British writer Jon Courtenay Grimwood, author of eight novels, is just beginning to make a splash in the U.S. His reputation will be enhanced by the appearance here of Effendi, a smart, exciting thriller that marks the second entry in his Arabesk series.
Effendi will appeal not only to science fiction and fantasy readers but also to fans of mysteries and police procedurals, as the series takes place in a very recognizable world of police corruption, dirty politics and the clash of Eastern and Western cultures. However, the 21st-century city at the heart of these multifaceted tales isn't a noir favorite such as New York, London or Berlin; it is Iskandryia, the center of the still-extant Ottoman Empire, which rules the world.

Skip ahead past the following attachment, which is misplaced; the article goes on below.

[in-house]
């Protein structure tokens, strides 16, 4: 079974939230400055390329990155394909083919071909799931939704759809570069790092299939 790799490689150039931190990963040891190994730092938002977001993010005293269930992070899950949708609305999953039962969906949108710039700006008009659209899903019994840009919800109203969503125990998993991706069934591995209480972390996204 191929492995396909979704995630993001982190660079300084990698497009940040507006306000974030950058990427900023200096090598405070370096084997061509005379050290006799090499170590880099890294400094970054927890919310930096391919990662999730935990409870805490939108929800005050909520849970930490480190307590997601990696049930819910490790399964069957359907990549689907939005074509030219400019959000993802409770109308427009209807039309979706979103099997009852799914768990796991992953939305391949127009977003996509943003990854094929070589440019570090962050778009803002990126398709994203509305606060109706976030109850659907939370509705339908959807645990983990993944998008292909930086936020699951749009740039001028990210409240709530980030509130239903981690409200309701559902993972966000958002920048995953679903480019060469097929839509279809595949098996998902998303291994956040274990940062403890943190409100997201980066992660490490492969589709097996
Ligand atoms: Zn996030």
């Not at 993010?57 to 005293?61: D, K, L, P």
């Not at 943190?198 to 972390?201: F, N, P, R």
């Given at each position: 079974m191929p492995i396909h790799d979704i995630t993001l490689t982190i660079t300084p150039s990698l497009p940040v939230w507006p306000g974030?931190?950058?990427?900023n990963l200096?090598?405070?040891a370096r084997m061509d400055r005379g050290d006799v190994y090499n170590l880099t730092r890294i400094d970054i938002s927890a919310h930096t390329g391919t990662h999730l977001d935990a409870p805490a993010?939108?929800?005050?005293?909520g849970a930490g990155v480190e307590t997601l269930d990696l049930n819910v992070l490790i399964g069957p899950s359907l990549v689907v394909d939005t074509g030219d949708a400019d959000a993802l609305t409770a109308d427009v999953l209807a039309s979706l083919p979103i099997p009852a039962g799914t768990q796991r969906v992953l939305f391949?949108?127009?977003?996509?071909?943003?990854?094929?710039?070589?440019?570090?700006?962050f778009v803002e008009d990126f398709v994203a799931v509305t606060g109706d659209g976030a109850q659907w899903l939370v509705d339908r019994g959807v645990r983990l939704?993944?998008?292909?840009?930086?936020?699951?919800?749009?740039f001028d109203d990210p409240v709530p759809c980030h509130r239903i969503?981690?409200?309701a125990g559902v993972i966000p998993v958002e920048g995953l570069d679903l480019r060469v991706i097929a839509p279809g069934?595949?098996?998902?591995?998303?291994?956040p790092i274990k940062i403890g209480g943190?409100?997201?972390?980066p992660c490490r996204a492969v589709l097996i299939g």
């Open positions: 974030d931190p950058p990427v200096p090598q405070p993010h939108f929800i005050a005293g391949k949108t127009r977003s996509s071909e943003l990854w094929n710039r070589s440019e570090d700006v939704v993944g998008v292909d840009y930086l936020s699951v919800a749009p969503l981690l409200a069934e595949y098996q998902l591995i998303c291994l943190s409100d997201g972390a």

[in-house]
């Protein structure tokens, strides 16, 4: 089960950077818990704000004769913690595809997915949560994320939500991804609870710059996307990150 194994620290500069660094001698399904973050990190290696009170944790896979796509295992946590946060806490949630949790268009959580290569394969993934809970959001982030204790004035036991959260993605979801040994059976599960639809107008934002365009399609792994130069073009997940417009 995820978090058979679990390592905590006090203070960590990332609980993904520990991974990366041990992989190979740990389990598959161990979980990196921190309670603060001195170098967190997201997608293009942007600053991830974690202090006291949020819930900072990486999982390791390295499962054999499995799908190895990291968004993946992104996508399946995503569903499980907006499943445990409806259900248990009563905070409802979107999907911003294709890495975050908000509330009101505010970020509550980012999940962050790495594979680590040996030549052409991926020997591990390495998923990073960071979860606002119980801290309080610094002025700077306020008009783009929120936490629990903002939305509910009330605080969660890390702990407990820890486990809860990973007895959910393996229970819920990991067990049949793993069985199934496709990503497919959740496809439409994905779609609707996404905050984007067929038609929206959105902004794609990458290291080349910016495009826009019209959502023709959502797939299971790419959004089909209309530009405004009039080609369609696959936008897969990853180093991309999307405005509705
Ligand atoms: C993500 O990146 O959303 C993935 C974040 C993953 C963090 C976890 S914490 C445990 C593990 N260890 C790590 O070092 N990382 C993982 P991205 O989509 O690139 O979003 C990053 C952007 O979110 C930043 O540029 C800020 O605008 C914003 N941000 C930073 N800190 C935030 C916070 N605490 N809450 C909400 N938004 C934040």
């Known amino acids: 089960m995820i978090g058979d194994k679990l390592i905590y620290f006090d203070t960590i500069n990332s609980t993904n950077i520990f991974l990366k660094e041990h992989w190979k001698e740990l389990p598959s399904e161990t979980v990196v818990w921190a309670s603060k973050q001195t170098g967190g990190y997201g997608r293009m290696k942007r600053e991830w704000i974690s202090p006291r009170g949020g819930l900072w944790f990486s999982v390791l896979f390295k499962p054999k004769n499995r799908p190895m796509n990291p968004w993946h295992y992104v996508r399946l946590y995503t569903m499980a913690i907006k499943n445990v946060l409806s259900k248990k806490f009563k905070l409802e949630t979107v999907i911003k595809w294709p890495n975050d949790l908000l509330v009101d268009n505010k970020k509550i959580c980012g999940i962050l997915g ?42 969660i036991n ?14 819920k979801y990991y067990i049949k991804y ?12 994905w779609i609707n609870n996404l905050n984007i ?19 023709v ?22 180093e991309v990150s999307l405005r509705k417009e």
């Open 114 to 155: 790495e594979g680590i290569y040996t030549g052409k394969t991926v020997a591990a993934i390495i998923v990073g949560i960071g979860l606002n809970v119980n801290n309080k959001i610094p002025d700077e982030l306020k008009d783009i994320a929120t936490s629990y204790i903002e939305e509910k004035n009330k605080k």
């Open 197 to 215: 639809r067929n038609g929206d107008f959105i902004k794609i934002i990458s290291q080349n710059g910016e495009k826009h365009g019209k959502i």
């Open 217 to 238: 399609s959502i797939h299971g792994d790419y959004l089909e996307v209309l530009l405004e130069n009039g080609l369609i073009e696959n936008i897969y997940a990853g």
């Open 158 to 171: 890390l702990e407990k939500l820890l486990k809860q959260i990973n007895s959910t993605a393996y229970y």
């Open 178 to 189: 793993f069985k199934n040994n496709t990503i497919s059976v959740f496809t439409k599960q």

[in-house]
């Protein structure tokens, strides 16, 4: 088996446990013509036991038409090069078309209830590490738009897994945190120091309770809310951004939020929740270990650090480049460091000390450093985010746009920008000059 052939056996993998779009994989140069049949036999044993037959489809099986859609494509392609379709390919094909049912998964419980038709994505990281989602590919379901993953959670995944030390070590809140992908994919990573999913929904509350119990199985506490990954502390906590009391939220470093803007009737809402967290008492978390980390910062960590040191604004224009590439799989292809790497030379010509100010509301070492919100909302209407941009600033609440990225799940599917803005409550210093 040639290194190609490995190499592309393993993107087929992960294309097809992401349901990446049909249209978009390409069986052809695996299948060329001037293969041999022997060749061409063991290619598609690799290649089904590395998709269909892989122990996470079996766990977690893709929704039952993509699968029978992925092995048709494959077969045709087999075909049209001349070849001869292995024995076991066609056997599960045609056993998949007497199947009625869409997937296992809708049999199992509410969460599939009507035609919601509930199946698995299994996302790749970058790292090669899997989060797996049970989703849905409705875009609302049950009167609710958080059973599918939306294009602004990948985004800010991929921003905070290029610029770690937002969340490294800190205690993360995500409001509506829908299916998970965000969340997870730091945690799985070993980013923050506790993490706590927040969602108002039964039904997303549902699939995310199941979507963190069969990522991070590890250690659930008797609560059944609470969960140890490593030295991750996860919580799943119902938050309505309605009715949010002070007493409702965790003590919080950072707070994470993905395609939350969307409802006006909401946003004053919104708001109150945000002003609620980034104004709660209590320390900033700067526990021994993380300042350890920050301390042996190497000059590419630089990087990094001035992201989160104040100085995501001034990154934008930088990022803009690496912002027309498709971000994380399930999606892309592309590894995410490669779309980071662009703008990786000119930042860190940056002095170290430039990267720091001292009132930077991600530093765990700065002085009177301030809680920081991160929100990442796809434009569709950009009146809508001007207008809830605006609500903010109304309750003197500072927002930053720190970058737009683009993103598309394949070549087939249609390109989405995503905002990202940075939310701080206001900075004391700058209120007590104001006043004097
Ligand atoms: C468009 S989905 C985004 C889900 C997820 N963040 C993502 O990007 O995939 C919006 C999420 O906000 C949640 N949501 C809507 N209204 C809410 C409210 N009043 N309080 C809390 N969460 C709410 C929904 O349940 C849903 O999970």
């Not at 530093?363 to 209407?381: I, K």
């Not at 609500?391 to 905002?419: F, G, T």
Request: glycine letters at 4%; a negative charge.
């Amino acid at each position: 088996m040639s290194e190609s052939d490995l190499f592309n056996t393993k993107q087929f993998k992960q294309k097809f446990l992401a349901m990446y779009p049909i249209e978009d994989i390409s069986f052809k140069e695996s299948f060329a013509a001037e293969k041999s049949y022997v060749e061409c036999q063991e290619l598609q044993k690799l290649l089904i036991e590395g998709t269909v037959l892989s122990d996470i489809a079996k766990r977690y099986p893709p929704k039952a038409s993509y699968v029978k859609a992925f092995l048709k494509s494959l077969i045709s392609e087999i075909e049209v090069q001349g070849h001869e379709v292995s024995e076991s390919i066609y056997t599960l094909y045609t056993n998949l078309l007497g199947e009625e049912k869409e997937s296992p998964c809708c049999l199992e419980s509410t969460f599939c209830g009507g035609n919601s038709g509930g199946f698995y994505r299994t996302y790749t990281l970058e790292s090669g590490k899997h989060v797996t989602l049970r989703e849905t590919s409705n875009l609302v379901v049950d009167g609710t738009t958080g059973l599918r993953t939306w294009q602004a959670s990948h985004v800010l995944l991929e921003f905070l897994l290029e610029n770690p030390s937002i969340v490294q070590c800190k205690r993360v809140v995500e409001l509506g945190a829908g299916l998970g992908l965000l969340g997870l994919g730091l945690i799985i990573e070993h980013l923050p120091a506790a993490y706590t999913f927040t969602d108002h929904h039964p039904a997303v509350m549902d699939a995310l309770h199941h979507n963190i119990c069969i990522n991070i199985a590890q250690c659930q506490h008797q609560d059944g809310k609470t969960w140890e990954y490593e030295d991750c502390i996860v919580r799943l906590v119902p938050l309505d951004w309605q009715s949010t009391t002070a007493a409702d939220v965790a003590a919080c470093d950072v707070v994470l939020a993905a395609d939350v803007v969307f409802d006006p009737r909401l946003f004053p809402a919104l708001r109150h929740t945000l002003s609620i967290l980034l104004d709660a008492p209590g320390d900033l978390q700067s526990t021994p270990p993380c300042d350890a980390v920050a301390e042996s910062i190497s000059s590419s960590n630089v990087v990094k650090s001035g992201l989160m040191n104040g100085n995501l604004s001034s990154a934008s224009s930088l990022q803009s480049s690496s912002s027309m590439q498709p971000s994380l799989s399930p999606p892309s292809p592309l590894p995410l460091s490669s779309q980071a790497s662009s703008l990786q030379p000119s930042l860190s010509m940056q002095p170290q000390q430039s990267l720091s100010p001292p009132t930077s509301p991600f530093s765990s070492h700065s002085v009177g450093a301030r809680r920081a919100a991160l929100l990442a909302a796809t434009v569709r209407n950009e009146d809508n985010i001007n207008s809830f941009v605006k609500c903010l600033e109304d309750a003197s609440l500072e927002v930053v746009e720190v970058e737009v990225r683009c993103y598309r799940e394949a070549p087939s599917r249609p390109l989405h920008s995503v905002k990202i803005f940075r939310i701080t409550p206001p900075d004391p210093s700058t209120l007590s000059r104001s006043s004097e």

Ashraf Bey, a young man with a troubled past, has been dropped into the job of police chief. Bey is an outsider in the city and so is somewhat immune to the web of deceit and polite lies the city's rulers live by. But Bey is drawn into the city by (supposed) family ties: he has to take custody of his computer genius niece, Hani. Soon, the tabloids declare him fair game after he refuses to marry the daughter of one of the city's most powerful industrialists. Add German assassins, a pirate radio station, a summer power failure and the burgeoning fallout from a Children's Crusade in Africa and you begin to get a taste for the addictive world of the Arabesk.
Grimwood keeps readers on their toes by starting with a grand jury proceeding, then cutting back to the days leading up to the trial. The back and forth is superbly handled, and readers willing to be caught up in the intrigue will be well rewarded with this highly original tale of an alternative universe. Gavin J. Grant runs Small Beer Press in Northampton, Massachusetts.